What is needed is government action to break the vertical monopoly on the automobile fuel supply currently held by the petroleum cartel. This could most efficiently be done simply by mandating that all new cars—whether of foreign or domestic manufacture—sold in the United States be “flex-fueled.” Such cars, which can run on any mixture of alcohol or gasoline, are currently being produced in the United States for little more (typically an extra $100 to $200) than the same vehicles in non-flex-fueled form. But they only command about 3 percent of the market, because there are so few high-alcohol gas pumps to serve them. Conversely, the reason why there are few high-alcohol pumps is because there are not enough flex-fuel cars on the road to warrant them. If you own a fuel station with three pumps, you are not going to waste one distributing a type of fuel that only 3 percent of cars can use.
Yet within three years of a flex-fuel mandate, there would be at least 50 million cars on the road in the United States capable of using high-alcohol fuel, and at least an equal number overseas. This would be a sufficient market to create a widespread network of high-alcohol fuel pumps. Moreover, this dramatically increased demand for alcohol fuels would greatly exceed the supply capacity of American corn-ethanol producers, which means that we could drop our current tariffs against Latin American sugar-ethanol. A similar circumstance would pertain in Europe and Japan, enabling the elimination of their protectionist measures against Third World agricultural imports. This would solve the problem of trade barriers against farm products that scuttled the recent Doha round of international trade talks, thus benefiting rich and poor nations alike.
By simply exposing the oil cartel to competition from such alternative fuel sources, we could impose a powerful constraint on its ability to run up prices. Combined with an unrelenting tariff policy favoring alcohol over imported oil, we could destroy OPEC completely, and effectively redirect over $600 billion per year that is now going to the treasury of terrorism to the global agricultural and mining sectors. Instead of sending our money to the Islamists to spread fanatical ideology, we could give our business to the world’s farmers, coal miners, and other people who actually work for a living. Instead of selling off blocks of stock in Western media companies to Saudi princes, we could be selling tractors to Honduras. Instead of funding terrorism, we could be using our energy dollars to finance world development. That’s what a serious energy policy would look like.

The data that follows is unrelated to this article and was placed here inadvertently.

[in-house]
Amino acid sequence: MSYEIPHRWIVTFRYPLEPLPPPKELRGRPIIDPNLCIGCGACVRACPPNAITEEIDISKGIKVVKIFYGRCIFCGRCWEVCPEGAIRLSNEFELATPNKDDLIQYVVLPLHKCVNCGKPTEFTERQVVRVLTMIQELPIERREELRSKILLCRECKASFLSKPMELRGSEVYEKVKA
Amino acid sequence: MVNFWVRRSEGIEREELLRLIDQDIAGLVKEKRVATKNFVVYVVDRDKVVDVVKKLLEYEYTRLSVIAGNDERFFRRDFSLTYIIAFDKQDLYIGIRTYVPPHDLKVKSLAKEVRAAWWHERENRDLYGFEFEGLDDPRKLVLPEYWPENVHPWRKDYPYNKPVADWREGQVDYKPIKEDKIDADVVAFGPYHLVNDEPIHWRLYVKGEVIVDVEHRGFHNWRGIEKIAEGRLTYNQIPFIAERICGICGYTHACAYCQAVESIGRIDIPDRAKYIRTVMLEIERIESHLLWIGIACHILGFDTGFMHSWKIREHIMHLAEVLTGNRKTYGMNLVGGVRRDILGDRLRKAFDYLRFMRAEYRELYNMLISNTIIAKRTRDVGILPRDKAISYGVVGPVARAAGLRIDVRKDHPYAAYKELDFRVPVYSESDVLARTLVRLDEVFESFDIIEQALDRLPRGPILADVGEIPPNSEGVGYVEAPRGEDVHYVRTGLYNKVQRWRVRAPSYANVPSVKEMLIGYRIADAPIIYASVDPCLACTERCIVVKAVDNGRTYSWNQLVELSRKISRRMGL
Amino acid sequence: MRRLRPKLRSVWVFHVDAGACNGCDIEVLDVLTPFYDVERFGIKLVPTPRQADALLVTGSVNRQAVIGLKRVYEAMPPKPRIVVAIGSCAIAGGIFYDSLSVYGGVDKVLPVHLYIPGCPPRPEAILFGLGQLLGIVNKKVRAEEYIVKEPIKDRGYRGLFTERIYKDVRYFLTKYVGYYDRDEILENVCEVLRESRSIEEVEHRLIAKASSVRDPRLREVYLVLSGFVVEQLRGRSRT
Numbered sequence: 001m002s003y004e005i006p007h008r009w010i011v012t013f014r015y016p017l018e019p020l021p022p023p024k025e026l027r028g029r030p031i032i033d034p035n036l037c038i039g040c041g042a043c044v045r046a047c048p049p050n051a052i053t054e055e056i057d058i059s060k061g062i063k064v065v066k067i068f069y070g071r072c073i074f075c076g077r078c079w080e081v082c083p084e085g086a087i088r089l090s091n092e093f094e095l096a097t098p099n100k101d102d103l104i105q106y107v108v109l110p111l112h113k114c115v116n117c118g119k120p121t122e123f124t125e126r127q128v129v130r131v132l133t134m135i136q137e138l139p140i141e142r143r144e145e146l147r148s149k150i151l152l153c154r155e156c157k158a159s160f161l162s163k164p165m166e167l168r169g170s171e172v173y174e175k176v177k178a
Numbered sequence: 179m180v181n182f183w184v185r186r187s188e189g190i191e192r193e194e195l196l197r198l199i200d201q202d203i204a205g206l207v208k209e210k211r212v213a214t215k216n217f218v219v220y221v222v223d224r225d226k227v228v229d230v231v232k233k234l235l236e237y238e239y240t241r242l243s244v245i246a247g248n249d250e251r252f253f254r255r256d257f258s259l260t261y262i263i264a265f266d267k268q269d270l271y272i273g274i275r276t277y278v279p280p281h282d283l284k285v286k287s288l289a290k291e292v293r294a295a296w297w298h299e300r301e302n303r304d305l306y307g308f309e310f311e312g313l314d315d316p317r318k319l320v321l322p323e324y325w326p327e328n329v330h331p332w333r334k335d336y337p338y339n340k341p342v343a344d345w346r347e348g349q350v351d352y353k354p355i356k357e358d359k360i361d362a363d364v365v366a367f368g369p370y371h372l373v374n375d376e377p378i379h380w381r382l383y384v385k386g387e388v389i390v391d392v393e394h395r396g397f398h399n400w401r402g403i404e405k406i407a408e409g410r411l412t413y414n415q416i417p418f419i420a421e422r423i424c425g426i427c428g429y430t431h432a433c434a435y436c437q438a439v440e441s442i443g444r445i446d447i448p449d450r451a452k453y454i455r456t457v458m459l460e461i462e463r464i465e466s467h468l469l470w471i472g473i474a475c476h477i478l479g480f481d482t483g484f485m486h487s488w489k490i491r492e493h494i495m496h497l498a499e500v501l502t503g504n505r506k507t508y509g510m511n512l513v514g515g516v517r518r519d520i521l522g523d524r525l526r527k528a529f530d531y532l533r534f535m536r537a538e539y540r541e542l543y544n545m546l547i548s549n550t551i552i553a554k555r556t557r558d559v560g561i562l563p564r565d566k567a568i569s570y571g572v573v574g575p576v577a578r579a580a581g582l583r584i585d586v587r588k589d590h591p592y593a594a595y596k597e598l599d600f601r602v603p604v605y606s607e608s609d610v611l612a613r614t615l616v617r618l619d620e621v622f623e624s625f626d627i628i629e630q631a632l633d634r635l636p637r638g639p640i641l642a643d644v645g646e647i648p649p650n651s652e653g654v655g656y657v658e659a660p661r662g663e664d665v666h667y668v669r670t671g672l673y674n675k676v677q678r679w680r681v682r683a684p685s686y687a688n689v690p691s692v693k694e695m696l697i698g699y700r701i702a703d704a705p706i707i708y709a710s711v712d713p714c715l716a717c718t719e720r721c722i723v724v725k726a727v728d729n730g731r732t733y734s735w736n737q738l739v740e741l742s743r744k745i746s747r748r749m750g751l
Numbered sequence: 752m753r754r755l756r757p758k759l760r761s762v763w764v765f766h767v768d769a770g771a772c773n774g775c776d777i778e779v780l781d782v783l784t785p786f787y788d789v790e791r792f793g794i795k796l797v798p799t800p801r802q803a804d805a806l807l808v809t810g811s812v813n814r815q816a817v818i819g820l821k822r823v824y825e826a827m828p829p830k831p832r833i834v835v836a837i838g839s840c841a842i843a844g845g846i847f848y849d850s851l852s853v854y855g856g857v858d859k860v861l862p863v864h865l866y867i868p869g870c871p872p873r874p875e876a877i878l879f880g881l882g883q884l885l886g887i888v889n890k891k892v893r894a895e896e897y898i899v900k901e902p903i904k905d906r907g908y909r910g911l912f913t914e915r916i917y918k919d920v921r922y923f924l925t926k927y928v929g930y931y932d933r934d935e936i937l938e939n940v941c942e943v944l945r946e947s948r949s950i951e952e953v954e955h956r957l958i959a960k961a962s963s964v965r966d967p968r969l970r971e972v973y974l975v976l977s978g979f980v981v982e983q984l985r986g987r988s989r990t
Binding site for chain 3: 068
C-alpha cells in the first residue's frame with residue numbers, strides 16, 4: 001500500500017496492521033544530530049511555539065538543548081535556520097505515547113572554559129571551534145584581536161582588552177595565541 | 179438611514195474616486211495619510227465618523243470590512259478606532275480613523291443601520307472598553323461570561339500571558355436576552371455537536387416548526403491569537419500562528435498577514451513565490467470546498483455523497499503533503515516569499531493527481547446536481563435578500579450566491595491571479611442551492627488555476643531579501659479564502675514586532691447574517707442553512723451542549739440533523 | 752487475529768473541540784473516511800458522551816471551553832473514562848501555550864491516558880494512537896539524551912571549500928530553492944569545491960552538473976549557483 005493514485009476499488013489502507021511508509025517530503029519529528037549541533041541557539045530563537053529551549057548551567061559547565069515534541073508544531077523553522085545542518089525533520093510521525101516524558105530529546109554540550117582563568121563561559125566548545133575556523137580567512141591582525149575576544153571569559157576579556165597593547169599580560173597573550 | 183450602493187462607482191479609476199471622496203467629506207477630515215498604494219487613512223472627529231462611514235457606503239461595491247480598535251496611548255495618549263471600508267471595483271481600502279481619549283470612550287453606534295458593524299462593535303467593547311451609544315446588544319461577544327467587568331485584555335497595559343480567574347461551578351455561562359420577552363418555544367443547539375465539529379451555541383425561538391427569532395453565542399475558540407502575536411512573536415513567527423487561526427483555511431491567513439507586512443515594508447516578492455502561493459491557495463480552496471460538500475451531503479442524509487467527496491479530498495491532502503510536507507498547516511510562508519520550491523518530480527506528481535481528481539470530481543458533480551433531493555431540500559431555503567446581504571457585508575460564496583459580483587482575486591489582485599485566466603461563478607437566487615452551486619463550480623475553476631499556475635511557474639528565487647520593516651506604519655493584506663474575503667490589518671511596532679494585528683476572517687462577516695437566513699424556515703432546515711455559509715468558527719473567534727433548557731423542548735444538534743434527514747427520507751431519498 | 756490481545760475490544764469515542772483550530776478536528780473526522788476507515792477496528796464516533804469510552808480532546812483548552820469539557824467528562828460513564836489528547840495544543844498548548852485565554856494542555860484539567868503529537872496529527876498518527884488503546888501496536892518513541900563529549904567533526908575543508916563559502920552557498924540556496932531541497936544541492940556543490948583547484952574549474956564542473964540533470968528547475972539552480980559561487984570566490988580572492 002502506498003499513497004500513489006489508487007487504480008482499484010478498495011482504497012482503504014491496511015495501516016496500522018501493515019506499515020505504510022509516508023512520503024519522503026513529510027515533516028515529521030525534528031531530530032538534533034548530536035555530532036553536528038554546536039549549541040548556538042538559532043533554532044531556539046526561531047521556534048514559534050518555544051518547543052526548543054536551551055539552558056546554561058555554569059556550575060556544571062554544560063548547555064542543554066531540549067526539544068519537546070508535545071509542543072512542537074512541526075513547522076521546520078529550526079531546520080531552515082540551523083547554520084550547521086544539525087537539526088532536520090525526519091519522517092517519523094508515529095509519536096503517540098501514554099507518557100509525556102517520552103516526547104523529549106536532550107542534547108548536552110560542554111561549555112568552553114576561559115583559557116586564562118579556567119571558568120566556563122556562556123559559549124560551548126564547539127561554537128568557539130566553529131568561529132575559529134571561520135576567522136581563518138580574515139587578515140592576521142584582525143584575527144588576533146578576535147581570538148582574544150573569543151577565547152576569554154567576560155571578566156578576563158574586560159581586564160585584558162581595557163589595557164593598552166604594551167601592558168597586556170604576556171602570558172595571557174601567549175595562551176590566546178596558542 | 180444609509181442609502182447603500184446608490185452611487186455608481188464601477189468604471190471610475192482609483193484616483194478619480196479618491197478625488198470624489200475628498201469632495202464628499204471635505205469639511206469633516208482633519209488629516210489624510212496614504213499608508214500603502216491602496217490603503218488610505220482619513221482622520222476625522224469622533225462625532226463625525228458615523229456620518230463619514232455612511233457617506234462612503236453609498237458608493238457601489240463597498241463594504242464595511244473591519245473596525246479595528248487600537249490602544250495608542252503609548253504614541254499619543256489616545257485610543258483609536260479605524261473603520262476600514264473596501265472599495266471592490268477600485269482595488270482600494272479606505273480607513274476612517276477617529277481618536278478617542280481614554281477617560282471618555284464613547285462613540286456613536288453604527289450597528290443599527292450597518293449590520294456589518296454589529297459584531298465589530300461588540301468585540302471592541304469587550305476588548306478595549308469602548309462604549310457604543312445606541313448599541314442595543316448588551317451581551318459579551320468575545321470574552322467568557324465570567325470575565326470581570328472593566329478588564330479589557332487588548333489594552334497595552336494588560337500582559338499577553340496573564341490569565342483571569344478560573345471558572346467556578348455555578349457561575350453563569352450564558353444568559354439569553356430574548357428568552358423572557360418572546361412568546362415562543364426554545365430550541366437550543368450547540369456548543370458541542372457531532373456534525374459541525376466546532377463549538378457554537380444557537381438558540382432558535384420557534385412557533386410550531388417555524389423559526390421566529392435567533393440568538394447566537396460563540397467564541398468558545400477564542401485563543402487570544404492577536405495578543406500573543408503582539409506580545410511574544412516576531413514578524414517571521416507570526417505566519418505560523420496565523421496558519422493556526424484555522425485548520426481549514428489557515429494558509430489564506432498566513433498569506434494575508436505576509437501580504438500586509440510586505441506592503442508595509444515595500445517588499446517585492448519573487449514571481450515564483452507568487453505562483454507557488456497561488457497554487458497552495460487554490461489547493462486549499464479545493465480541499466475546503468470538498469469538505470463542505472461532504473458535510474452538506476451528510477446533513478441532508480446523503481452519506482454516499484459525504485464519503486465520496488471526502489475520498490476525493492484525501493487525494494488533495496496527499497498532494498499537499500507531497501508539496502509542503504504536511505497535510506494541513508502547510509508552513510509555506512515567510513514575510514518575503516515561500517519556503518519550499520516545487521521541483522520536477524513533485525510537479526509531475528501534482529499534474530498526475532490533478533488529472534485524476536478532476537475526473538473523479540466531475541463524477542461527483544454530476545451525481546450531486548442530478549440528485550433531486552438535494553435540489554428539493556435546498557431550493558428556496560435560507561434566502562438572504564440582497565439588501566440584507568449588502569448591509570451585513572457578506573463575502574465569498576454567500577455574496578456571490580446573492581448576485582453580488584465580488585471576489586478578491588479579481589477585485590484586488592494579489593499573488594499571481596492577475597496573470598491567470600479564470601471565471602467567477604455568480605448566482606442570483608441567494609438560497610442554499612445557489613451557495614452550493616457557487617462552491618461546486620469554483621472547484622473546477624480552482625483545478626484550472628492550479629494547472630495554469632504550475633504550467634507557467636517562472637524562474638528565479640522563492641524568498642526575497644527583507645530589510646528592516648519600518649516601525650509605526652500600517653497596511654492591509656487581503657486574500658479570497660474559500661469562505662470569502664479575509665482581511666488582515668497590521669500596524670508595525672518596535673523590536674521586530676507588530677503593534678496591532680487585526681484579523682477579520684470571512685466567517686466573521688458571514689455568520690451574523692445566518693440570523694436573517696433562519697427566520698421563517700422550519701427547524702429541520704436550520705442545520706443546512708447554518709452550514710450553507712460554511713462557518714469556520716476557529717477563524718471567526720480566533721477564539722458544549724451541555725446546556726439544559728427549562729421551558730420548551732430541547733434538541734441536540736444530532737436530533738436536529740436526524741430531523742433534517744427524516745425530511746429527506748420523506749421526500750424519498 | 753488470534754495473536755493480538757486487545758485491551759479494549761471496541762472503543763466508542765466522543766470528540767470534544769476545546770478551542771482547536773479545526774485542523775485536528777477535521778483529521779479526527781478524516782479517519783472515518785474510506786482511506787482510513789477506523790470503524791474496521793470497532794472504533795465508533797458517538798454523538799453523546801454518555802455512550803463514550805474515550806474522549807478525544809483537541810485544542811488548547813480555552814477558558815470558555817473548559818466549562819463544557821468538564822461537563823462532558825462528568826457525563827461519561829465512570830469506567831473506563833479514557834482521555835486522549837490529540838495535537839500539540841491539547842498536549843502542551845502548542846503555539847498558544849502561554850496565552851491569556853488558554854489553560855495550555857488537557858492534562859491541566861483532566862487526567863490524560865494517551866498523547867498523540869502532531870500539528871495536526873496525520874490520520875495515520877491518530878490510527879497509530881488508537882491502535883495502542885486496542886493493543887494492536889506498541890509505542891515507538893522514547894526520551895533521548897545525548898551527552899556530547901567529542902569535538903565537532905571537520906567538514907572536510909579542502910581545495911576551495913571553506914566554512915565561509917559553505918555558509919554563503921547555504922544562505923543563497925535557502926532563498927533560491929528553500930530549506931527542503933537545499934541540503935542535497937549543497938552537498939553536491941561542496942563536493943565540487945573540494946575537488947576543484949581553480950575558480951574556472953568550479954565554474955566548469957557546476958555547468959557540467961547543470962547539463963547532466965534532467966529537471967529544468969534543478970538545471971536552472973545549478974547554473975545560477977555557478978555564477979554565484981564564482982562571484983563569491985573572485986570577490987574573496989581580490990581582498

Posted on July 30th, 2008 3 comments
This post has been moved to the Move Aware blog.
Posted on July 7th, 2008 No comments
The FISA Amendments Act (FAA) is a bill that would radically expand the presidentâ€™s spying powers and grant immunity to the companies that colluded in his illegal program. This is a video interview with Daniel Ellsberg (The Pentagon Papers) where he explains in practical terms what this legislation would mean for our country.
Posted on July 1st, 2008 No comments
From now on, every time I pick up the phone and order delivery food, I have to go to my cookbooks or online and find a new recipe to cook myself. That should be enough motivation to wean myself from an expensive habit and do myself some good at the same time.
Posted on June 29th, 2008 No comments
It’s a couple of years old, but I finally had a chance to watch the documentary “Who Killed the Electric Car?”. Nothing about the history of the GM EV1 surprised me, including GM’s destruction of the entire EV1 fleet.
The documentary includes mention of hydrogen fuel cells, which appears to be more of a stall technique by those invested in fossil fuels than the promising innovation that it’s often portrayed to be. It’s decades away and several times more expensive than gasoline or electricity.
Consumer demand is the only force that will result in plug-in hybrids and electric vehicles being manufactured in this country, and before you can demand it, you have to know that it is possible and already exists with today’s technology.
Here’s the trailer for the documentary: